Ann Shaffer
Ann Shaffer
2 years ago
Reply to  Sandy

Five years ago in my early 60s, I was eating massive amounts of fiber and ended up with a small bowel obstruction. The doctor discounted the high fiber theory but since then, I watch how much fiber I do eat. I went on a low fiber diet (found online) for TWO YEARS after the obstruction. Now I cut the skin off fruit (especially apples), don’t eat popcorn and limit how many vegetables I eat in a day. If I eat too much fiber, the cramps come back. If I watch it, I’m fine.

3 years ago

i want to have a fiber diet because i have very hard stool which causes anal fissure and also, i only have bowel movement once a week. What fiber foods can you recommend me to have?

Jane Roebuck
Jane Roebuck
4 years ago

I had an Abdominal hysterectomy in October 2017 and ever since i have suffered with excessive bloating. I take Lactulose and Docusate for constipation due to taking Antidepressants which keeps me fairly regular.I believe this is more to do with being unable to release wind in the normal way. I have begun to notice that this is becoming more common after eating foods containing fibre such as green vegetables, Baked potatoes and brown bread and pasta. This has become such a painful problem that i will have to go a couple of days without food until the swelling in my… Read more »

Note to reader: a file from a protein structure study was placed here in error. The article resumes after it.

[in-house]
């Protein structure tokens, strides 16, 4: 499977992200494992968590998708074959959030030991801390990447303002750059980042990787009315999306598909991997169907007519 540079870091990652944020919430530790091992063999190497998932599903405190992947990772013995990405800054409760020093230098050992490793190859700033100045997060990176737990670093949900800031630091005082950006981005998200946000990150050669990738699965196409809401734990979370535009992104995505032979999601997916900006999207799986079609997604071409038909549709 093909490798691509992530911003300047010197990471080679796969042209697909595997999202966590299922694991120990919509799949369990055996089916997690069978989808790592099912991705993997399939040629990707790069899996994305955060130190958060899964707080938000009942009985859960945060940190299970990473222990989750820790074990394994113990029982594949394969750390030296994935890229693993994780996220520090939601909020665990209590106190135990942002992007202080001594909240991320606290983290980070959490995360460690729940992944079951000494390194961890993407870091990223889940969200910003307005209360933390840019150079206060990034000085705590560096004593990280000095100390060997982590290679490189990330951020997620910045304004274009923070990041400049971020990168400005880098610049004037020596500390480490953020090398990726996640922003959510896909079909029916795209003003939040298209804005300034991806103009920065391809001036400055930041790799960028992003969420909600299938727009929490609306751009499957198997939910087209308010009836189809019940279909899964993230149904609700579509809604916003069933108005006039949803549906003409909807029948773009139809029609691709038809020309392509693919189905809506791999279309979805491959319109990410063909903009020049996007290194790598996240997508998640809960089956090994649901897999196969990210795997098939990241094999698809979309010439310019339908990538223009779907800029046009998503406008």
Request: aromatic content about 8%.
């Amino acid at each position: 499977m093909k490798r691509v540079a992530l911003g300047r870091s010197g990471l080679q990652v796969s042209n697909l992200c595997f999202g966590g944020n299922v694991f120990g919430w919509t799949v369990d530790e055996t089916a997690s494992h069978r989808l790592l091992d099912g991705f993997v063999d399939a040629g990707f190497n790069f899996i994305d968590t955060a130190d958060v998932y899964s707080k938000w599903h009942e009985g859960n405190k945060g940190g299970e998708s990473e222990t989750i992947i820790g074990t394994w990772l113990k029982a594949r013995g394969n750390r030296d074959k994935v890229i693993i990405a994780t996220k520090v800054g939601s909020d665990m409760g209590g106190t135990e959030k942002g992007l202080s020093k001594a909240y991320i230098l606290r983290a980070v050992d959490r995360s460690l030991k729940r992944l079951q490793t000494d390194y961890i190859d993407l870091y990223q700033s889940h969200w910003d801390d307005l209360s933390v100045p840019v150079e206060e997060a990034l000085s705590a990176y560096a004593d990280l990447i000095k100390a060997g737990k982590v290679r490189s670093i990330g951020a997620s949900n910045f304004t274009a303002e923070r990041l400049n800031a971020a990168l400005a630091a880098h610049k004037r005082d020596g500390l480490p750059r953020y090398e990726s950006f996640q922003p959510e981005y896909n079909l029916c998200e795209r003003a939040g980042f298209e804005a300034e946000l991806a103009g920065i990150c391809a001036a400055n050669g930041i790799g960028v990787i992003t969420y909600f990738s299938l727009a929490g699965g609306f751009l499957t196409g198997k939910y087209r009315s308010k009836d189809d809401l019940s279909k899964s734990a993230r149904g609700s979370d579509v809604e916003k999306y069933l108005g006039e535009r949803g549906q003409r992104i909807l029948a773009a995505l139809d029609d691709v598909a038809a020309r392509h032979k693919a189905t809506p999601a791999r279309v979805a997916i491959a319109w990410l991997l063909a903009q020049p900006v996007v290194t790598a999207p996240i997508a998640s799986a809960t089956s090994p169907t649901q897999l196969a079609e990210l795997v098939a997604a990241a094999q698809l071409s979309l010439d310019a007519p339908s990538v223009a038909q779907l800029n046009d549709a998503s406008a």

4 years ago

What do you think about psyllium either as an ingredient in low carb recipes or as a fiber supplement?

Judith deVries
Judith deVries
4 years ago

I was recently in hospital with an acute attack of diverticulitis and spent 6 days on IV antibiotics. I did not require surgery, but my sister-in-law, who had an attack about the same time, had surgery. Coming home from hospital I was told to have a very low fibre diet, which I did for 2 weeks, and then since that time have just eaten normally – I tend to eat high fibre. I was instructed to eat high fibre. I have not had any further discomfort in this regard but I do take a stool softener and a laxative at… Read more »